Wednesday 28 September 2016

Police emergency...how do I do bird?

Published 04/11/2015 | 00:21

One caller rang 999 to ask how long they should cook a chicken for
One caller rang 999 to ask how long they should cook a chicken for
Time-wasting emergency calls to Cumbria Police have included a plea for advice on how to roast a chicken

What temperature to oven cook a chicken and requests for taxi numbers are just some of the 999 "emergency" calls a police force has received.

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Cumbria Police has since launched a campaign to raise awareness of the different policing services available to ensure people get the right response and information for the right situation.

Information leaflets and cards will be distributed to local police desks and social media feeds will focus on directing people towards the most appropriate service for their needs, with the hashtag PolicingCumbria.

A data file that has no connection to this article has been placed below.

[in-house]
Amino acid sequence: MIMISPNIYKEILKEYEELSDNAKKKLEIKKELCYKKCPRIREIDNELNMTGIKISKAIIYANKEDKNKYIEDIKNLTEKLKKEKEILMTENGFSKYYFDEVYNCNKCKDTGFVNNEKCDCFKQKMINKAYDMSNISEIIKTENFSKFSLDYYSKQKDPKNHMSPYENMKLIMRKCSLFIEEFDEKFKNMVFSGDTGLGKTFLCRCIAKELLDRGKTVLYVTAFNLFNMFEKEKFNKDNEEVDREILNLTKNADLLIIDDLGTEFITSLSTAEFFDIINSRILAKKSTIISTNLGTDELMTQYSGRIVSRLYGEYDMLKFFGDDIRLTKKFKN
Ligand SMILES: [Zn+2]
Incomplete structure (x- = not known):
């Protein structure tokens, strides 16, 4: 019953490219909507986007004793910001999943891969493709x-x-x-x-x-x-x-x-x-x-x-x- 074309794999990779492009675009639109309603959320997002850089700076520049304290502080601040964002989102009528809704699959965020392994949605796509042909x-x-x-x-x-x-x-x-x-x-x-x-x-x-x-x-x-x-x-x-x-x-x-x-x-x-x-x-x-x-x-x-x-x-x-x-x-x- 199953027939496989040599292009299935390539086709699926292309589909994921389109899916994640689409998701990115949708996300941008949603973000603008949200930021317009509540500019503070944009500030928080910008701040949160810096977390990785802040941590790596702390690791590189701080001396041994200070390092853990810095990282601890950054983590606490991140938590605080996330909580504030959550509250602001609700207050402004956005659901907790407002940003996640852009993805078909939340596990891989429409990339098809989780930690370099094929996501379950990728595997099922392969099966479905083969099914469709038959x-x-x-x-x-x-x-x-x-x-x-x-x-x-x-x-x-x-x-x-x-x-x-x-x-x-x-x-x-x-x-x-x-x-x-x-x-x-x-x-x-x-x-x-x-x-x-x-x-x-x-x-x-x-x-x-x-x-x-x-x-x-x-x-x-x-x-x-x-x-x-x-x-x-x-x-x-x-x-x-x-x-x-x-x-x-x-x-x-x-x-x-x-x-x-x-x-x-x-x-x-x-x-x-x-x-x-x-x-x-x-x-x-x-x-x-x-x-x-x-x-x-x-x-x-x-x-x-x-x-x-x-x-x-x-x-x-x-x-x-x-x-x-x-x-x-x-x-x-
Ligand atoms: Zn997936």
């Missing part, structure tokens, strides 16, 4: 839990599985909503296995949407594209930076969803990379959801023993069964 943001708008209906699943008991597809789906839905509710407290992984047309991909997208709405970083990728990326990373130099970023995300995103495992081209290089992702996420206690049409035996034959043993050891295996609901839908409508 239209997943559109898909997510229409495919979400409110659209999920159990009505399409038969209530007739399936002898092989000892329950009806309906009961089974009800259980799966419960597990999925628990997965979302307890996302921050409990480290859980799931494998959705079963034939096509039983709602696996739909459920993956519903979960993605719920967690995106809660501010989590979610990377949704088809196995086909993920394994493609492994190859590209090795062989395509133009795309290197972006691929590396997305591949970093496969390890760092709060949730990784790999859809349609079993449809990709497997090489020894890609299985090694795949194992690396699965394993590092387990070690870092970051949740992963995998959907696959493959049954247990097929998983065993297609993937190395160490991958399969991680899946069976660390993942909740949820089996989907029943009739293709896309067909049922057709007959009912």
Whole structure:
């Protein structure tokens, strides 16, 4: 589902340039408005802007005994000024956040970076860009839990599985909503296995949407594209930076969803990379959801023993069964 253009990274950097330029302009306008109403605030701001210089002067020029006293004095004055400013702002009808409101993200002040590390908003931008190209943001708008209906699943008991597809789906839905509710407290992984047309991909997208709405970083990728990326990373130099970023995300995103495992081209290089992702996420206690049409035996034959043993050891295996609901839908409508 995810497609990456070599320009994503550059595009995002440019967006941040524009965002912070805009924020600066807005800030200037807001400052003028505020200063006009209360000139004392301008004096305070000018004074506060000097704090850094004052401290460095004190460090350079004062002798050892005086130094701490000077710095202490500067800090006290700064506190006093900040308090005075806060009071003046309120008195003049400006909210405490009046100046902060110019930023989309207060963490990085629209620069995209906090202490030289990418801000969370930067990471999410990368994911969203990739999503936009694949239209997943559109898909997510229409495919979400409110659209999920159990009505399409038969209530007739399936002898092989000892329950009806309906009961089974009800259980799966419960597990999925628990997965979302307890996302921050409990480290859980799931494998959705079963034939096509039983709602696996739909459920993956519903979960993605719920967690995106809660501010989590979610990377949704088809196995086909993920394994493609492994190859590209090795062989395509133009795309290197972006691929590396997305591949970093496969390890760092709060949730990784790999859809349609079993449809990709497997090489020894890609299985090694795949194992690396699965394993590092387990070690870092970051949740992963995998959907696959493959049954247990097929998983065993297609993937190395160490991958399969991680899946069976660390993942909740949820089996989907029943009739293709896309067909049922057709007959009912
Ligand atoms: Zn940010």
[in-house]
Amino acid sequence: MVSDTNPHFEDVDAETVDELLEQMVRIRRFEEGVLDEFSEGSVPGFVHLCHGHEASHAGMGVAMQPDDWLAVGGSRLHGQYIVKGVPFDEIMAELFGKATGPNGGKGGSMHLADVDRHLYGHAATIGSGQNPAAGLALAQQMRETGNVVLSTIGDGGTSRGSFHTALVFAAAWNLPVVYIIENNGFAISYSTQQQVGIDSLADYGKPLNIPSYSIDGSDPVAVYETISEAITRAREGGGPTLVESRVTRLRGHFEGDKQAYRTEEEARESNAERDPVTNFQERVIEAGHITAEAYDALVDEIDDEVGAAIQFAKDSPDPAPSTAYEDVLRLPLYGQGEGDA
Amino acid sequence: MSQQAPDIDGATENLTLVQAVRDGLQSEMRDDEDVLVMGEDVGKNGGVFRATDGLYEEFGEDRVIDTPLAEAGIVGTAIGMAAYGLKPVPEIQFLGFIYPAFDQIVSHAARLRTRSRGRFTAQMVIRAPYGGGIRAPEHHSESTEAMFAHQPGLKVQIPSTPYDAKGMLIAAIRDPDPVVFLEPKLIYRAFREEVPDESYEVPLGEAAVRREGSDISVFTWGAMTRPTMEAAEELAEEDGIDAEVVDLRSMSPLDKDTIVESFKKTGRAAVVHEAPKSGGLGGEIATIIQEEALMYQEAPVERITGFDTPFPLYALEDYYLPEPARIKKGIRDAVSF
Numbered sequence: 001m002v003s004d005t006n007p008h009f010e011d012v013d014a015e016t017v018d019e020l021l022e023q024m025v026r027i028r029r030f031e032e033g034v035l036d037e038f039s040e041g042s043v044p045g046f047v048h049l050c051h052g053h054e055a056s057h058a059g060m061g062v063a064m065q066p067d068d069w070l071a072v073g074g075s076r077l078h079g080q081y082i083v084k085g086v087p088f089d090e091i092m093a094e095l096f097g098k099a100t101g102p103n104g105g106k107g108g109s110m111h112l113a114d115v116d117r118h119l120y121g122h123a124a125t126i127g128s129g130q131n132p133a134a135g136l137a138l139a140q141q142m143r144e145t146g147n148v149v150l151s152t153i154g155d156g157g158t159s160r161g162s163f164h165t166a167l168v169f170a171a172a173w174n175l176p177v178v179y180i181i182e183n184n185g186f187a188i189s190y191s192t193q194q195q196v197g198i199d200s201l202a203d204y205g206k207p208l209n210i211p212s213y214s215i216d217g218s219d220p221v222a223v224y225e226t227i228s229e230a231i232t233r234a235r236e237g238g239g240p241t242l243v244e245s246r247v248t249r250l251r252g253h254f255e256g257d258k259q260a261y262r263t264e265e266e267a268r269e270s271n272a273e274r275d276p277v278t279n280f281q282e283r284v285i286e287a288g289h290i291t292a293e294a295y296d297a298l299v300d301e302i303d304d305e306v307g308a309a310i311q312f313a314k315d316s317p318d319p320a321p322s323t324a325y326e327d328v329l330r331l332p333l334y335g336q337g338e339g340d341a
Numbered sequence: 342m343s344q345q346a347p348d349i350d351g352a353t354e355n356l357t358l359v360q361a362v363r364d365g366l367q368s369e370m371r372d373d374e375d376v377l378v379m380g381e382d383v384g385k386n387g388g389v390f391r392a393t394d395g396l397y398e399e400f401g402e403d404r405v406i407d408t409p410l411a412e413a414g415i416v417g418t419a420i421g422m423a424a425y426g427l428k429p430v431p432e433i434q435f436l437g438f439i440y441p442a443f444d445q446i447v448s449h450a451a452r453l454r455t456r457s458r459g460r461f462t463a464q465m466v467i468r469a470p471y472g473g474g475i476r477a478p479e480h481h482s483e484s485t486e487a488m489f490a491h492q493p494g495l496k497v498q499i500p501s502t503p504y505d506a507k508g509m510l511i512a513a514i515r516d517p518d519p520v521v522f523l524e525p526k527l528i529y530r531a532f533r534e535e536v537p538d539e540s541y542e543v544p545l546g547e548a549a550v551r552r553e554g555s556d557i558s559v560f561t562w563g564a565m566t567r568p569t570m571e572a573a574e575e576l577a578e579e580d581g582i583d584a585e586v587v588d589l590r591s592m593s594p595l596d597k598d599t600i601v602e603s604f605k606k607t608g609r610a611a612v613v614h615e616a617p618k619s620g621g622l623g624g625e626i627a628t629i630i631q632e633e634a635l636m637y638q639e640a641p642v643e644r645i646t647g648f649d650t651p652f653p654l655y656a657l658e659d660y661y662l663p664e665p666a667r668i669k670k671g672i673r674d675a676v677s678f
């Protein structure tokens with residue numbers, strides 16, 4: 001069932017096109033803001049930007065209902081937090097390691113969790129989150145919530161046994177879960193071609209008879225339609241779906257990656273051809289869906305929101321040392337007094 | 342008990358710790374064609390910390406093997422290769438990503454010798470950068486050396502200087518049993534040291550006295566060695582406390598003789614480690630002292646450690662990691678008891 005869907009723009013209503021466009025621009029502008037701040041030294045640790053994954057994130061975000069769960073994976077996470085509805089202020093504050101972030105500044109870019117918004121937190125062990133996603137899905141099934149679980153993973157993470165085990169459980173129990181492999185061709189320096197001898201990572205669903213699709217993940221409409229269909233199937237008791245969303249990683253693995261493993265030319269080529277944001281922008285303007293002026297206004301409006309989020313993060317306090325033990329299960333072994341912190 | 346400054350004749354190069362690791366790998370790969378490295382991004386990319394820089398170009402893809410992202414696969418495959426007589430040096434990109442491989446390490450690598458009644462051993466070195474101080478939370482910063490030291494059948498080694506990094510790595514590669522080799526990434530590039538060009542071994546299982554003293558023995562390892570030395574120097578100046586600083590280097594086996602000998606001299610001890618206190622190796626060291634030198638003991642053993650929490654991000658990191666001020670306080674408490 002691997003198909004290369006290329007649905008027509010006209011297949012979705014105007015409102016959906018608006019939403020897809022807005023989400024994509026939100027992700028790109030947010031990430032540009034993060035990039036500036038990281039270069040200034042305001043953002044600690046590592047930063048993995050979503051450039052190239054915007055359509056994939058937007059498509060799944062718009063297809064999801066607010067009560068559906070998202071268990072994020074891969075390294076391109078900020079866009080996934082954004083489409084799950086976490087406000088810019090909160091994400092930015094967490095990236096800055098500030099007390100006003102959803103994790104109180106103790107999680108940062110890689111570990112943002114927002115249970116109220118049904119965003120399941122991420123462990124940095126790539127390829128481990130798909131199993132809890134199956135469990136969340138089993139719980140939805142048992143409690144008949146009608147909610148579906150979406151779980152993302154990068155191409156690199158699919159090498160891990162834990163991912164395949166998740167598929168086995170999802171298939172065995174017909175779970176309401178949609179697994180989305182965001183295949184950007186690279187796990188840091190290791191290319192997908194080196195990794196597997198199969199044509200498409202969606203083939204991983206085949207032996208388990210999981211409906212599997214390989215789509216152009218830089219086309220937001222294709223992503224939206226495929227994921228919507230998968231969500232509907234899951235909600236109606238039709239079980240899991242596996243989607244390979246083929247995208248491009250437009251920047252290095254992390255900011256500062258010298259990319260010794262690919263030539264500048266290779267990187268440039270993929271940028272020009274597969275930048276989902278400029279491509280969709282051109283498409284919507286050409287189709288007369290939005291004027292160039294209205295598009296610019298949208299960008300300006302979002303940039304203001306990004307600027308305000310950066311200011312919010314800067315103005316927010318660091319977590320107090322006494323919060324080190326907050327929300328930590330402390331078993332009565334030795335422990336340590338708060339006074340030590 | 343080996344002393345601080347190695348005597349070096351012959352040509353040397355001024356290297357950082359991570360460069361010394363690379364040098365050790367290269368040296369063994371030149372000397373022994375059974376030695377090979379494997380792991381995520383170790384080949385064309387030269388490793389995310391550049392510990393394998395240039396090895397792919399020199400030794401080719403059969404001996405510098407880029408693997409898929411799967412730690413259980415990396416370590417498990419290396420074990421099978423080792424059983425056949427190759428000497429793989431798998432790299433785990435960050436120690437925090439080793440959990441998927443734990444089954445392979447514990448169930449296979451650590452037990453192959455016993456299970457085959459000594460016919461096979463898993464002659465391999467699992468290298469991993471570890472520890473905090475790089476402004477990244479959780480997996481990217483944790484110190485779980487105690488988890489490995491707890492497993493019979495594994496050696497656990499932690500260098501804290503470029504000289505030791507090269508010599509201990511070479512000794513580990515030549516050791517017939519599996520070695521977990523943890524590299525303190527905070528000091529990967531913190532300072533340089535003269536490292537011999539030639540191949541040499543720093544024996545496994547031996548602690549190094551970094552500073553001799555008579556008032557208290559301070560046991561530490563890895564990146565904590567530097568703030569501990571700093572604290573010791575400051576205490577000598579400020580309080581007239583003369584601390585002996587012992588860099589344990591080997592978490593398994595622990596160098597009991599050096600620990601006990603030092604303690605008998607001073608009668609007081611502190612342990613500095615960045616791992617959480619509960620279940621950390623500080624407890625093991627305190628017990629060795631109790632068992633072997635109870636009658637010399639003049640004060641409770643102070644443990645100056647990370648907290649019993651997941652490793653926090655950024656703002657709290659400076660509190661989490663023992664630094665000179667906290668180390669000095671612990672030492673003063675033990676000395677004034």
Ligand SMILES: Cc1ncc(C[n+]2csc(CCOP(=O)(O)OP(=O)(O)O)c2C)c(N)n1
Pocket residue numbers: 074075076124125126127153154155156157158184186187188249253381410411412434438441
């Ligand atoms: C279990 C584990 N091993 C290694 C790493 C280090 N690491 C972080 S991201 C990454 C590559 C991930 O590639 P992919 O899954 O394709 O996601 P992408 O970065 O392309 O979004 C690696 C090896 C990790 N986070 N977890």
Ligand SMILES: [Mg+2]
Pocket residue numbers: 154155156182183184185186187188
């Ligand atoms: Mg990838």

Chief Superintendent Steve Johnson said he hoped the campaign would make people think before picking up the phone and dialling 999 - which could prevent an urgent call from getting through.

He said: " We get many people calling us to ask for the number of a taxi firm or to ask directions, and we even recently had a caller ask what temperature they should put the oven on to cook a chicken.

"This may seem amusing, but it could have prevented us from speaking to someone who required an urgent response."

As a result of the campaign which also encourages people to look to their website, it is hoped that unnecessary demand on the service will be reduced and officers will have more time to focus on tackling crime.

Mr Johnson added: "We always encourage people to dial 999 straight away in an emergency, but we want to make sure they realise that there are other ways to contact police when an immediate response is not required.

"We also aim to highlight where the police aren't the correct agency to contact for a solution. For instance when someone finds a stray dog, has a parking problem or wants to report lost property - these aren't matters for the police and we want to educate the public on where they should go instead, and how they should contact the correct organisation."

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